The Things that Cannot Be Shaken

Japan-Earthquake_2155758bI spent some time in Hebrews 12-13 this morning.  So much good stuff in there, but what particularly grabbed me was Hebrews 12:18-28.   In the Old Testament, God spoke to Israel at Mt. Sinai and everything shook, they were terrified. That same God is speaking to us today, there is not two different Gods – and Old Testament God with an anger problem, and a kinder, gentler,  80’s feathered-back-hair “Jesus God” in the New Testament.  There is one God, in three persons, who is forever the same.   One day, God will shake the heavens and the earth,  and return to make all things new, to restore forever what sin has broken, to judge,  and to usher those who are his into our new “city of the living God.” (12:22)

The parallel is that in our lives, we can experience times when everything around us seems shaken.  I have a few close friends who are going thru such times now, and I’m certain I will be there someday as well.  No one is immune to such times – when everything we have known as stable for many years is upside down.  In these times, it is important to remember the message of this passage – there are things that cannot be shaken.  The shaking of our worlds can actually cause us to see more clearly those things.  In speaking of this passage, author Michael Horton in “The Gospel Driven Life” writes “Everything that can be shaken will be shaken, the Scriptures remind us, and only the kingdom that God is building will remain.”  Hebrews 12:27b says that they are shaken “in order that the things that cannot be shaken may remain”  – there is a purpose to the times in our lives when everything is upside down – so that we may see more clearly that it is only God’s kingdom that will remain.  Sometimes, it takes everything falling down around us in order for us to see what is truly permanent.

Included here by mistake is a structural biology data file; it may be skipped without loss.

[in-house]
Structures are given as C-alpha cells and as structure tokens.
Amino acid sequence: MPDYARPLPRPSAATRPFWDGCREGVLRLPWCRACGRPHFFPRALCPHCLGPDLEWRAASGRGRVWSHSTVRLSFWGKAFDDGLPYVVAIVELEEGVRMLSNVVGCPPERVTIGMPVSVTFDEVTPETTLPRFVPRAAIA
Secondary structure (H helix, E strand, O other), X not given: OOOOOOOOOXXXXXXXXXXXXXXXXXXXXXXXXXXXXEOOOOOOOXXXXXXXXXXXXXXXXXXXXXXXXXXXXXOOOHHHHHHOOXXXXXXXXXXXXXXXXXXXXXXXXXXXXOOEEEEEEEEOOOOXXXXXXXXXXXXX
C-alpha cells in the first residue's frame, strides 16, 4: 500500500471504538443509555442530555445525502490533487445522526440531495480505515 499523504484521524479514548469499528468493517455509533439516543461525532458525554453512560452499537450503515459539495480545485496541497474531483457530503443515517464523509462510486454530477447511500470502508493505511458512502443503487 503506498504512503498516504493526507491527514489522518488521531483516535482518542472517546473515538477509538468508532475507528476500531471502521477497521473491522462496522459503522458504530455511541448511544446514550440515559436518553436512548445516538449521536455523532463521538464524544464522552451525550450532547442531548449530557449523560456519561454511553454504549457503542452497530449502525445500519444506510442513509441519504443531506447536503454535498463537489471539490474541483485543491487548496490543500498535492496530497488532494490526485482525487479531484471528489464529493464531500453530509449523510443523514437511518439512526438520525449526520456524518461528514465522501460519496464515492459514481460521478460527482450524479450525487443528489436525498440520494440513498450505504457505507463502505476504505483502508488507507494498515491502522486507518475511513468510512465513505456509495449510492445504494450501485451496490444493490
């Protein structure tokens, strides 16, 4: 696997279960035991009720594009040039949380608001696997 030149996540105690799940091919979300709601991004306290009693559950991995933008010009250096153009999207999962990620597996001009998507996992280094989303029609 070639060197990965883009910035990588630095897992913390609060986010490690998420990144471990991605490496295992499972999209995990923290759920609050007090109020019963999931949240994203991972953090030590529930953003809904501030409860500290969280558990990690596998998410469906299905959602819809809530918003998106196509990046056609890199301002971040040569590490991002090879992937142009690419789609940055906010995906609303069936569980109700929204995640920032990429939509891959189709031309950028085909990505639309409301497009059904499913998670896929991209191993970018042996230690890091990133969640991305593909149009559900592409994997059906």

So, what do we do in response to this?  Heb 12:25 says “See that you do not refuse him who is speaking.”  God is still speaking today, right now.  God is speaking to you in these times, make a decision to turn from controlling your life, and turn over your life to live for God’s kingdom which cannot be shaken.  Our lives are meant to be lived in worship of God.  That doesn’t mean walking around singing worship music 24/7, that means turning from sin and toward God’s way in purity and truth and faith, in a healthy respect of who God is.

Hebrews 12:28-29 sums it up well –

“Therefore, let us be grateful for receiving a kingdom that cannot be shaken, and let us offer to God acceptable worship, with reverence and awe, for our God is a consuming fire.”

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Going Outside the Camp

This morning I was in Exodus 29 – God specifying how his priests were to be consecrated/set apart/purified.  It’s amazing the theme of blood cleansing from sin – to see that throughout the Old and New Testaments – but that’s not really what jumped out.

God specifies that sin offerings are to be made outside the camp – Ex. 29:14

…you shall burn with fire outside the camp; it is a sin offering.
(Exodus 29:14 ESV)

Fast forward to Jesus.  Where is he crucified? Outside the city. Hebrews 13 gives us this description:

For the bodies of those animals whose blood is brought into the holy places by the high priest as a sacrifice for sin are burned outside the camp. So Jesus also suffered outside the gate in order to sanctify the people through his own blood.
(Hebrews 13:11-12 ESV)

The continual Old Testament animal sacrifices were a foreshadowing of the one-time perfect divine sacrifice of Jesus for our sins – he bore all of the sin and shame outside the camp.

So what does this mean for us?  Again, Hebrews helps:

Therefore let us go to him outside the camp and bear the reproach he endured.
(Hebrews 13:13 ESV)